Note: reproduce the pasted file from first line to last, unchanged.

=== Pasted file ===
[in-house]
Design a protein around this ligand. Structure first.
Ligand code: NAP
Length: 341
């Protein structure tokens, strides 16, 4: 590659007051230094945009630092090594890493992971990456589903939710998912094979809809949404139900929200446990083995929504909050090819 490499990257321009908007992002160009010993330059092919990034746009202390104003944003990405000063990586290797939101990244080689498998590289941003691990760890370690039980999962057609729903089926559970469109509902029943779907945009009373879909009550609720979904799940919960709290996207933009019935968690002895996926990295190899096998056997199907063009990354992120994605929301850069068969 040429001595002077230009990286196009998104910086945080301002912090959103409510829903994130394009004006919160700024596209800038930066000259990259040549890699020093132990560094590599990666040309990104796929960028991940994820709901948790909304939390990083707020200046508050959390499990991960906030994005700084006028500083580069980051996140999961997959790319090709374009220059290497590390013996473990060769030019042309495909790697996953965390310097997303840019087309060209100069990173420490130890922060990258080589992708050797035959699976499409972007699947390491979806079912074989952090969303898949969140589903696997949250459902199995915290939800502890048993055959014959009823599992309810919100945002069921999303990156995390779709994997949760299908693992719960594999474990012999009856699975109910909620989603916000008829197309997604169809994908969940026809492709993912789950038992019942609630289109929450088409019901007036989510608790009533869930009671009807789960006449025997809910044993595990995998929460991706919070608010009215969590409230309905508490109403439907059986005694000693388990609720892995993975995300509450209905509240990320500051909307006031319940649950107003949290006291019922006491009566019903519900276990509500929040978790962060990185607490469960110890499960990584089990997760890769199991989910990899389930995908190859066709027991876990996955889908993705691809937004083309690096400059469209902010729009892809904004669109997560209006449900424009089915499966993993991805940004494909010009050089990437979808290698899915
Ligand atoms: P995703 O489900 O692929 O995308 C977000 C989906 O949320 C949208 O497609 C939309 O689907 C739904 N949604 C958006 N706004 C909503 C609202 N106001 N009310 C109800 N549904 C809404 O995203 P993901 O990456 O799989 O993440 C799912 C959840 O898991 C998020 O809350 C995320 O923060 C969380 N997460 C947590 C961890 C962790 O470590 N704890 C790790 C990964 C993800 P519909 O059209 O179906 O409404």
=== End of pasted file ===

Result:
[in-house]
Design a protein around this ligand. Structure first.
Ligand code: NAP
Length: 341
């Protein structure tokens, strides 16, 4: 590659007051230094945009630092090594890493992971990456589903939710998912094979809809949404139900929200446990083995929504909050090819 490499990257321009908007992002160009010993330059092919990034746009202390104003944003990405000063990586290797939101990244080689498998590289941003691990760890370690039980999962057609729903089926559970469109509902029943779907945009009373879909009550609720979904799940919960709290996207933009019935968690002895996926990295190899096998056997199907063009990354992120994605929301850069068969 040429001595002077230009990286196009998104910086945080301002912090959103409510829903994130394009004006919160700024596209800038930066000259990259040549890699020093132990560094590599990666040309990104796929960028991940994820709901948790909304939390990083707020200046508050959390499990991960906030994005700084006028500083580069980051996140999961997959790319090709374009220059290497590390013996473990060769030019042309495909790697996953965390310097997303840019087309060209100069990173420490130890922060990258080589992708050797035959699976499409972007699947390491979806079912074989952090969303898949969140589903696997949250459902199995915290939800502890048993055959014959009823599992309810919100945002069921999303990156995390779709994997949760299908693992719960594999474990012999009856699975109910909620989603916000008829197309997604169809994908969940026809492709993912789950038992019942609630289109929450088409019901007036989510608790009533869930009671009807789960006449025997809910044993595990995998929460991706919070608010009215969590409230309905508490109403439907059986005694000693388990609720892995993975995300509450209905509240990320500051909307006031319940649950107003949290006291019922006491009566019903519900276990509500929040978790962060990185607490469960110890499960990584089990997760890769199991989910990899389930995908190859066709027991876990996955889908993705691809937004083309690096400059469209902010729009892809904004669109997560209006449900424009089915499966993993991805940004494909010009050089990437979808290698899915
Ligand atoms: P995703 O489900 O692929 O995308 C977000 C989906 O949320 C949208 O497609 C939309 O689907 C739904 N949604 C958006 N706004 C909503 C609202 N106001 N009310 C109800 N549904 C809404 O995203 P993901 O990456 O799989 O993440 C799912 C959840 O898991 C998020 O809350 C995320 O923060 C969380 N997460 C947590 C961890 C962790 O470590 N704890 C790790 C990964 C993800 P519909 O059209 O179906 O409404």